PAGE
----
Is Retail Making a Digital Comeback?
In 2018, specialty retail was under assault. This year, it’s taking up arms.
Specialty retailers have improved fulfillment speed dramatically. Consider, a fifth of brands now offer free two-day shipping, and the number of brands offering next-day shipping has doubled. Recognizing that mobile accounts for 55 percent of online traffic, on average, in this sector, brands have more than tripled investment in mobile. The eighth annual Gartner Digital IQ Index: Specialty Retail U.S. 2019 report benchmarks the digital performance of 103 brands spanning apparel, beauty, home and gift, and watches and jewelry categories. Here’s how specialty retailers are keeping digital top of mind:
Embracing New Discovery Pathways
Instagram is shifting away from grid posts to Stories and video content, while prioritizing shopability. Instagram is the social platform of choice, with brands on average posting almost 10 Stories each over the course of July 2019. Swipe Up is the most utilized feature native to Instagram Stories, allowing brands to direct followers to specific mobile pages. Almost half of all Swipe Ups on Instagram Stories lead directly to a product page, while 22 percent link to a category page, solidifying Instagram’s role as a crucial mobile commerce discovery pathway.
Brands continue to pursue easing the online checkout process — especially on mobile. Across the top specialty retail brands, traffic to mobile checkout pages increased 12 percent year-over-year. Integrating expedited mobile payment options increased accordingly, with 86 percent of brands now offering at least one option. E-commerce is getting even more accessible through buy now, pay later alternative financing options, which have been adopted by nearly a fifth of specialty retail brands. Retailers like Banana Republic, Levi’s, and Urban Outfitters all offer the payment option, with Abercrombie & Fitch and American Eagle announcing their plans to offer it soon.
Learning From Category Disruptors
As consumer preferences shift toward conscious transparency, traffic to Zara, Topshop and Forever 21’s sites dropped considerably. While these fast-fashion brands once exemplified the ability to respond quickly to consumer demands, a new class of disruptive brands has raised the bar for digital sophistication. While many have yet to become household names, site traffic to digital upstarts like Interior Define, Everlane and M.Gemi increased faster than the majority of traditional specialty retail brands in 2019.
Disruptors continue to implement innovative and category-specific merchandising, like “How It Sits” video content (Interior Define), imagery on models of different sizes with accompanying dimensions (Everlane), and incentivized text-for-fit consultation (M.Gemi). Relative to legacy specialty retailers, disruptors overinvest in fulfillment benefits and take a more creative approach to customer service. Lacking large customer service teams, disruptors enable self-service capabilities (e.g., agent-powered live chat and searchable FAQs) to connect consumers with the answers to their questions.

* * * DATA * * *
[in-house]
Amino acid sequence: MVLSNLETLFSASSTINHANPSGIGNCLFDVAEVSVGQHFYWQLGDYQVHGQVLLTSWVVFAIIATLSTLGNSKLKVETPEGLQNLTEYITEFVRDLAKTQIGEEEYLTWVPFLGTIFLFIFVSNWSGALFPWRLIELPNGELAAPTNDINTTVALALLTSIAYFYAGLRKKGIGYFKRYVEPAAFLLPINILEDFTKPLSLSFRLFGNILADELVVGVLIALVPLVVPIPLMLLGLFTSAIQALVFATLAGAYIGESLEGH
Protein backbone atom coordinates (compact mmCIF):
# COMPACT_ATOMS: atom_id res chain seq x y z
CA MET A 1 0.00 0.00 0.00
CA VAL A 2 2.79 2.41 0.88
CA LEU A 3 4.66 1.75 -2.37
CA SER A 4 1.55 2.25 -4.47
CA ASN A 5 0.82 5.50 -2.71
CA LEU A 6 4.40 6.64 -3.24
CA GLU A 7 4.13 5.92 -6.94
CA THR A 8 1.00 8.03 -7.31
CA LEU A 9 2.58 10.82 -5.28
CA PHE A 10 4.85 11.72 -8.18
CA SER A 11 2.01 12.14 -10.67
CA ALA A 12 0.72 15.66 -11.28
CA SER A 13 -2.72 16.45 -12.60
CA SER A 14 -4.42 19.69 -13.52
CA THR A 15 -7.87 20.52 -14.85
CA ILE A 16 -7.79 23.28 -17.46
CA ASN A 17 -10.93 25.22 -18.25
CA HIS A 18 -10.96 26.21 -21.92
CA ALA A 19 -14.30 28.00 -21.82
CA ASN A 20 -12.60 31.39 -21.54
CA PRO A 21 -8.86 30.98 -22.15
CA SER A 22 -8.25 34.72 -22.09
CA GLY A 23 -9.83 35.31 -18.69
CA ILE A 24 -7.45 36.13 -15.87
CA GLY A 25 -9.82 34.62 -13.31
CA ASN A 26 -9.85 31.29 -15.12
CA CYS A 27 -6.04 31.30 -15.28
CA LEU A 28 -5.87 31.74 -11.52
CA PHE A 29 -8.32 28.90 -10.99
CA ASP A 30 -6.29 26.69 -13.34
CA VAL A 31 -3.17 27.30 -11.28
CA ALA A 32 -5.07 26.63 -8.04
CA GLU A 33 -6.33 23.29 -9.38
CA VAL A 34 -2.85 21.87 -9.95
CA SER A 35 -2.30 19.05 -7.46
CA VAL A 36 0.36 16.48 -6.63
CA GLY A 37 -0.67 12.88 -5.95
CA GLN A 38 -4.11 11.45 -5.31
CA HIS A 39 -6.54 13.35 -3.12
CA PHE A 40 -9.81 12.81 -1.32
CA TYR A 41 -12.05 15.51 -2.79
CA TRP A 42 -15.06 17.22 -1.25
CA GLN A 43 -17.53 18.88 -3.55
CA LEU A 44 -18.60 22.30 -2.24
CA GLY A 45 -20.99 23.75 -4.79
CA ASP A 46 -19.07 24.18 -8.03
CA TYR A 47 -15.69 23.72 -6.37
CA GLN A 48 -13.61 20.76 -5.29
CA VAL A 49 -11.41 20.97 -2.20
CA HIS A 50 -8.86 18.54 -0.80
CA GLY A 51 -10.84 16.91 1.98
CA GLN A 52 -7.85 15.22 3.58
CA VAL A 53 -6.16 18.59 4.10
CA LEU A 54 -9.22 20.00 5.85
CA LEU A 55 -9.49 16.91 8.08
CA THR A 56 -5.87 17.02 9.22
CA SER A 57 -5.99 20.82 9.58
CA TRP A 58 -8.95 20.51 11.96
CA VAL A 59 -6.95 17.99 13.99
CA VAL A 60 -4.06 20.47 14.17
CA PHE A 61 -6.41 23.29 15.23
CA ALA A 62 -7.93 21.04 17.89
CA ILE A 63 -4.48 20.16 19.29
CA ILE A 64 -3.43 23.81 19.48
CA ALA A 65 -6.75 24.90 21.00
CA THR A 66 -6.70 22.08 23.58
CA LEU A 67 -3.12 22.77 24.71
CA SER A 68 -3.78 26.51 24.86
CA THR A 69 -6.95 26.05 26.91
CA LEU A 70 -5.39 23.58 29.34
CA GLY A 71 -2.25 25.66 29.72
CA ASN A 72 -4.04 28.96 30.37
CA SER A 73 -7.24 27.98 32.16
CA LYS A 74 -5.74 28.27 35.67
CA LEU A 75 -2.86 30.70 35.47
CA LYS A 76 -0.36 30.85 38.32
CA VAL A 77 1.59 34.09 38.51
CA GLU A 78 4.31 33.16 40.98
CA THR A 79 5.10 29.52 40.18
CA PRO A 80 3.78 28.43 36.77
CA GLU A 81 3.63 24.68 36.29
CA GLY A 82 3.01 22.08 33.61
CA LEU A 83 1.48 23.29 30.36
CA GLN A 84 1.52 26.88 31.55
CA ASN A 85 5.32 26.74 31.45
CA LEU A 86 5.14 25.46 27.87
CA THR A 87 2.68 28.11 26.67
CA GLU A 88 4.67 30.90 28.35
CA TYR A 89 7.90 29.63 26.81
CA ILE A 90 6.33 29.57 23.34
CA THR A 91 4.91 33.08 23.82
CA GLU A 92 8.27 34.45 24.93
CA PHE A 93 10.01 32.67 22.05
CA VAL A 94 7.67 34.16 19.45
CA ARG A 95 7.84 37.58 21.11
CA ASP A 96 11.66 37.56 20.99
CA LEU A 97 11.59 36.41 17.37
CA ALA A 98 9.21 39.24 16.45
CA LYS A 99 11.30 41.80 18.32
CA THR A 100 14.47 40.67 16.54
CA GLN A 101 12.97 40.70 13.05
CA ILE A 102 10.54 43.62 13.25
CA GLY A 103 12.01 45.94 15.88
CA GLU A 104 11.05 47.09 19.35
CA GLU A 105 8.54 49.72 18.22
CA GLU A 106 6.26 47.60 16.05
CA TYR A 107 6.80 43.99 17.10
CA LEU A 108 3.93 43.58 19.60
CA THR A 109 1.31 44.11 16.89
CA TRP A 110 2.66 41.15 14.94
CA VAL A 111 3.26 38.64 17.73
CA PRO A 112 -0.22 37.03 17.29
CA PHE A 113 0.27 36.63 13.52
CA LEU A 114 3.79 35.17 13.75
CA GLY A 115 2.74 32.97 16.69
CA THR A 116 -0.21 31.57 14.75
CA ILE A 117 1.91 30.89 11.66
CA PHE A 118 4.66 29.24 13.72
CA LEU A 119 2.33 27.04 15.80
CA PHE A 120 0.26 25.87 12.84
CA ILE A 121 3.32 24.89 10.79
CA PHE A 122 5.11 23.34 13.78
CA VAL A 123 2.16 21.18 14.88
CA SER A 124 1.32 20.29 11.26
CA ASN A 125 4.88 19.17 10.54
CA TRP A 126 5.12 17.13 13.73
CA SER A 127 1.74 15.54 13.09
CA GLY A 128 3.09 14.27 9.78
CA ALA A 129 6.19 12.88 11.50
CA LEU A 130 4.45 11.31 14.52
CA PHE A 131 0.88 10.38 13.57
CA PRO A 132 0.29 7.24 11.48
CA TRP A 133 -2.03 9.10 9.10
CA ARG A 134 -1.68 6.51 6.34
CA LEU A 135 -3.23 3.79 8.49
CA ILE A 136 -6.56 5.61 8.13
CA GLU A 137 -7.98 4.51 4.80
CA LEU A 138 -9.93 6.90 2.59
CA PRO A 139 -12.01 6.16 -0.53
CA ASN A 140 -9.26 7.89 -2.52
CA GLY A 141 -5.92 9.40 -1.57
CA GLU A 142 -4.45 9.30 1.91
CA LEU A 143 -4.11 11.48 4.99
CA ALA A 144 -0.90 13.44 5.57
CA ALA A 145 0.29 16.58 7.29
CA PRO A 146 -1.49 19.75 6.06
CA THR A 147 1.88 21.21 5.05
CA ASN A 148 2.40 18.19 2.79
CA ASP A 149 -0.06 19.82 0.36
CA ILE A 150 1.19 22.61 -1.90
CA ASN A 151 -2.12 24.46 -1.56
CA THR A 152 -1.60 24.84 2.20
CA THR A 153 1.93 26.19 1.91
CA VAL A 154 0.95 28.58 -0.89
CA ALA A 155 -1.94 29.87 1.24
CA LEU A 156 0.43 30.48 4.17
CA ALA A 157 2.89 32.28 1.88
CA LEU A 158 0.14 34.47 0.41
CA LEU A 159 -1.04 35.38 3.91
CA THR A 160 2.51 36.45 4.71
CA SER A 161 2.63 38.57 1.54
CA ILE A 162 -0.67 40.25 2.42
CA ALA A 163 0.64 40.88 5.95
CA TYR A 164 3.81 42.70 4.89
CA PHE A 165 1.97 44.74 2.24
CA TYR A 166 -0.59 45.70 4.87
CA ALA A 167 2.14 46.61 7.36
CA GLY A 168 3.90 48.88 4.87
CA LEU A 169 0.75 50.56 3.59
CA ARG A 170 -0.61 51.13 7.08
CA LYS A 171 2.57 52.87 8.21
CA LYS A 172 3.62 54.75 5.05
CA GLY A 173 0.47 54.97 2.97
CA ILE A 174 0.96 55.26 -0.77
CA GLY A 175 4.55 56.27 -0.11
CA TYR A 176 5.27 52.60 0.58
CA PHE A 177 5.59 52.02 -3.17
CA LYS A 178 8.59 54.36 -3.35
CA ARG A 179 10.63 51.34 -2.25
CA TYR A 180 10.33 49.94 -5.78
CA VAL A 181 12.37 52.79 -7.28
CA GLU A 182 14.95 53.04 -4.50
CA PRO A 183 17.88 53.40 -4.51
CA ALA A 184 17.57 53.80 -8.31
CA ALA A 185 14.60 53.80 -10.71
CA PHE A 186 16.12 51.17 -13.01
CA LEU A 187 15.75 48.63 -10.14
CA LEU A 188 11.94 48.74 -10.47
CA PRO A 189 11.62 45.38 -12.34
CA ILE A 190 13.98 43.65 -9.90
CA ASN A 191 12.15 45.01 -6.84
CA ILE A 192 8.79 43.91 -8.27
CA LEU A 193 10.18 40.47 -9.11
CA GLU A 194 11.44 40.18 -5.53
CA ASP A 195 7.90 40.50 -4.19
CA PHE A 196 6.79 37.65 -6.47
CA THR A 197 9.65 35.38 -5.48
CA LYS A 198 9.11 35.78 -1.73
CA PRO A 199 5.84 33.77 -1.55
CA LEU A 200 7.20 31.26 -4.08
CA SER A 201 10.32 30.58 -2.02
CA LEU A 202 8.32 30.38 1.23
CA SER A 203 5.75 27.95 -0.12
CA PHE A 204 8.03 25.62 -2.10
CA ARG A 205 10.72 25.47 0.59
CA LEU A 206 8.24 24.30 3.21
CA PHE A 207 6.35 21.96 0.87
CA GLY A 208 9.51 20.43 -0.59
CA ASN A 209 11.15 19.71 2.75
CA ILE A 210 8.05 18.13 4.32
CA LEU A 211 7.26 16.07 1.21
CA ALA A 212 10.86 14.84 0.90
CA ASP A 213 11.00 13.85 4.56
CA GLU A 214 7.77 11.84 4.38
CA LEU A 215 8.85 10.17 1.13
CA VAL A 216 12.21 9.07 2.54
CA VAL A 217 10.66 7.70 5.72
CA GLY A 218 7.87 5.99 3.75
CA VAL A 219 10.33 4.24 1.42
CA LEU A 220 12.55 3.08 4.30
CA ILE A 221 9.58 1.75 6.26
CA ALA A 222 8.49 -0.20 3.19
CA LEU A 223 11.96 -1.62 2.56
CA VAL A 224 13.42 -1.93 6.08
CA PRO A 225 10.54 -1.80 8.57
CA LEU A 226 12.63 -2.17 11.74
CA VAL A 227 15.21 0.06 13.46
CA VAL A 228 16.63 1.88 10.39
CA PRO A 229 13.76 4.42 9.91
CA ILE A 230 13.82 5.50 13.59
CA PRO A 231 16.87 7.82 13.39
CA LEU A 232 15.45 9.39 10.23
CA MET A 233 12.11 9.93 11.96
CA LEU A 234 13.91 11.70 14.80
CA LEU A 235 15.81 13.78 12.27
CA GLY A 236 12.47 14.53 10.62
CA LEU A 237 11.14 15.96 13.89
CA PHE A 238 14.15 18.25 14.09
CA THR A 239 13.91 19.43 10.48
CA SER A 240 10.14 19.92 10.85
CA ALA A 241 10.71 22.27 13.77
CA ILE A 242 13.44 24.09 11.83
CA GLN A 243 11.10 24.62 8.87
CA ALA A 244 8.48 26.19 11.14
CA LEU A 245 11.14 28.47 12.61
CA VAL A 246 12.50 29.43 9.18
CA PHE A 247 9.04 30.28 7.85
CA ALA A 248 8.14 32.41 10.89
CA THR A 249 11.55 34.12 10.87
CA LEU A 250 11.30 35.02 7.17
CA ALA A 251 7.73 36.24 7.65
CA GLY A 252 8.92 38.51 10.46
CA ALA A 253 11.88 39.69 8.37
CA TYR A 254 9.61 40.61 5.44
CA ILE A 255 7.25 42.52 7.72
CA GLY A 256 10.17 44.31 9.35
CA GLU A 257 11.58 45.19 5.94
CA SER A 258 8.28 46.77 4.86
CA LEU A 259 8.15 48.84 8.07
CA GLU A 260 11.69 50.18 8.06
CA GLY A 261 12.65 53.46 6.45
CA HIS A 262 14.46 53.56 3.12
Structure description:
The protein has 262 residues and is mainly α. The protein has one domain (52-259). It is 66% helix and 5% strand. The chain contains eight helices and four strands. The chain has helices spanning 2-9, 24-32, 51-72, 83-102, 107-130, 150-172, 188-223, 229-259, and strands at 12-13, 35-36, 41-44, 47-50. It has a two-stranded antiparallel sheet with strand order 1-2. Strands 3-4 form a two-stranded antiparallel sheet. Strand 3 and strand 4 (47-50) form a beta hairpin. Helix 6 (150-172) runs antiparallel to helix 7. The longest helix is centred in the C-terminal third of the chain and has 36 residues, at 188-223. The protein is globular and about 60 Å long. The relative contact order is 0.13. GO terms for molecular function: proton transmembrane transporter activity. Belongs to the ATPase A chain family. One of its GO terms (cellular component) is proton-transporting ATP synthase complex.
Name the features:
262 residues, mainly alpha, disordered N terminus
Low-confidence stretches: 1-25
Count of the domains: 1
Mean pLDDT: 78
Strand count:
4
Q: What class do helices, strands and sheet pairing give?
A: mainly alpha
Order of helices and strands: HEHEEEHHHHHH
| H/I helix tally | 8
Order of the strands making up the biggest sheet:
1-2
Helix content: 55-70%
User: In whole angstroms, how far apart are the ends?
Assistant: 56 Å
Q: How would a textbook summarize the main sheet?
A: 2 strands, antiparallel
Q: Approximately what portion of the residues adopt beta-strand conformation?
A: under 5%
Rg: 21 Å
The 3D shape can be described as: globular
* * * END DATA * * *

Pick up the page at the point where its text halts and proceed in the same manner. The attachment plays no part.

Assessing the Role of the Store
In 2019, over 7,500 retail locations are slated for closure as retailers continue to suffer from declining in-store traffic and rising rents.
Specialty retailers must continually iterate the approach to brand stores. Brands with larger store footprints — like Pier 1 Imports, American Eagle Outfitters or Foot Locker — prioritize pushing online consumers toward store locations with features that increase foot traffic. Two-thirds of brands with over 250 stores offer in-store pickup. Over half of those brands now geo-locate consumers on their sites to provide current inventory at the closest store. In-store pickup maximizes customer value: an estimated third of in-store pickup customers also buy additional products.
J.Crew-owned brand Madewell is testament to the power of stores. Madewell announced 10 new store openings just this year. Madewell’s strategy is simple yet effective: design stores to be experiential, community-driven and hyperlocal, and bring each location’s uniqueness to life through social media. Madewell opened a denim-themed store in Nashville, Tennessee in March 2019. The location features a highly Instagram-able mural wall created by local high school students. It further distinguishes itself by offering in-store embroidery and hosting local artisan pop-ups. Madewell’s method is tried and tested. The brand saw a 22 percent increase in same-store sales alone in the fourth quarter of 2018, which bodes well for its plan to open more creative retail concepts in the future.
Squeezed between disruptive upstarts on one end and endless-selection large-format retailers on the other, specialty retail brands must utilize digital to stay relevant in the increasingly competitive retail landscape. Take an incremental approach to new feature rollouts and leverage data to align search strategies with consumer behavior. Ensure stores work cohesively with digital properties, focusing on supporting weaknesses in online shopping — experiencing products up close, easing fulfillment difficulties, and engaging with local customer communities.
Supriya Jain is a principal at Gartner, a leading research and advisory company.
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